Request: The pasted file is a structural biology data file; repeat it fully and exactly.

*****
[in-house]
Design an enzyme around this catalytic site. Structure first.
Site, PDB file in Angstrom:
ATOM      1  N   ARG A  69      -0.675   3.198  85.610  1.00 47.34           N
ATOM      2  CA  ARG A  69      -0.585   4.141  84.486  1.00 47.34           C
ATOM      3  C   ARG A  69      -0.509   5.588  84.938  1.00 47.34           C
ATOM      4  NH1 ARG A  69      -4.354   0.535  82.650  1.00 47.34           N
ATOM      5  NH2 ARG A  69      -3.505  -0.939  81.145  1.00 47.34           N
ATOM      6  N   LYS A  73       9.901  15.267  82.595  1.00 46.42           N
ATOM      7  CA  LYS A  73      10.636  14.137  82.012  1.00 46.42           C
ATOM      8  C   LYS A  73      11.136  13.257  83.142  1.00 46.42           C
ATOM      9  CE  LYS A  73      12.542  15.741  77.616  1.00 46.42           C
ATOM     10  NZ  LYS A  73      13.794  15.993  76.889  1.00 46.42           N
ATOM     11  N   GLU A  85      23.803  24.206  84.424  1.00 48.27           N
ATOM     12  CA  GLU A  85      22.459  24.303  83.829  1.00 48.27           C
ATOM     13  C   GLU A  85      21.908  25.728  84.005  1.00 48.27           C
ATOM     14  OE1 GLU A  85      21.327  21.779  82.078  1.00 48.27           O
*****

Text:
[in-house]
Design an enzyme around this catalytic site. Structure first.
Site, PDB file in Angstrom:
ATOM      1  N   ARG A  69      -0.675   3.198  85.610  1.00 47.34           N
ATOM      2  CA  ARG A  69      -0.585   4.141  84.486  1.00 47.34           C
ATOM      3  C   ARG A  69      -0.509   5.588  84.938  1.00 47.34           C
ATOM      4  NH1 ARG A  69      -4.354   0.535  82.650  1.00 47.34           N
ATOM      5  NH2 ARG A  69      -3.505  -0.939  81.145  1.00 47.34           N
ATOM      6  N   LYS A  73       9.901  15.267  82.595  1.00 46.42           N
ATOM      7  CA  LYS A  73      10.636  14.137  82.012  1.00 46.42           C
ATOM      8  C   LYS A  73      11.136  13.257  83.142  1.00 46.42           C
ATOM      9  CE  LYS A  73      12.542  15.741  77.616  1.00 46.42           C
ATOM     10  NZ  LYS A  73      13.794  15.993  76.889  1.00 46.42           N
ATOM     11  N   GLU A  85      23.803  24.206  84.424  1.00 48.27           N
ATOM     12  CA  GLU A  85      22.459  24.303  83.829  1.00 48.27           C
ATOM     13  C   GLU A  85      21.908  25.728  84.005  1.00 48.27           C
ATOM     14  OE1 GLU A  85      21.327  21.779  82.078  1.00 48.27           O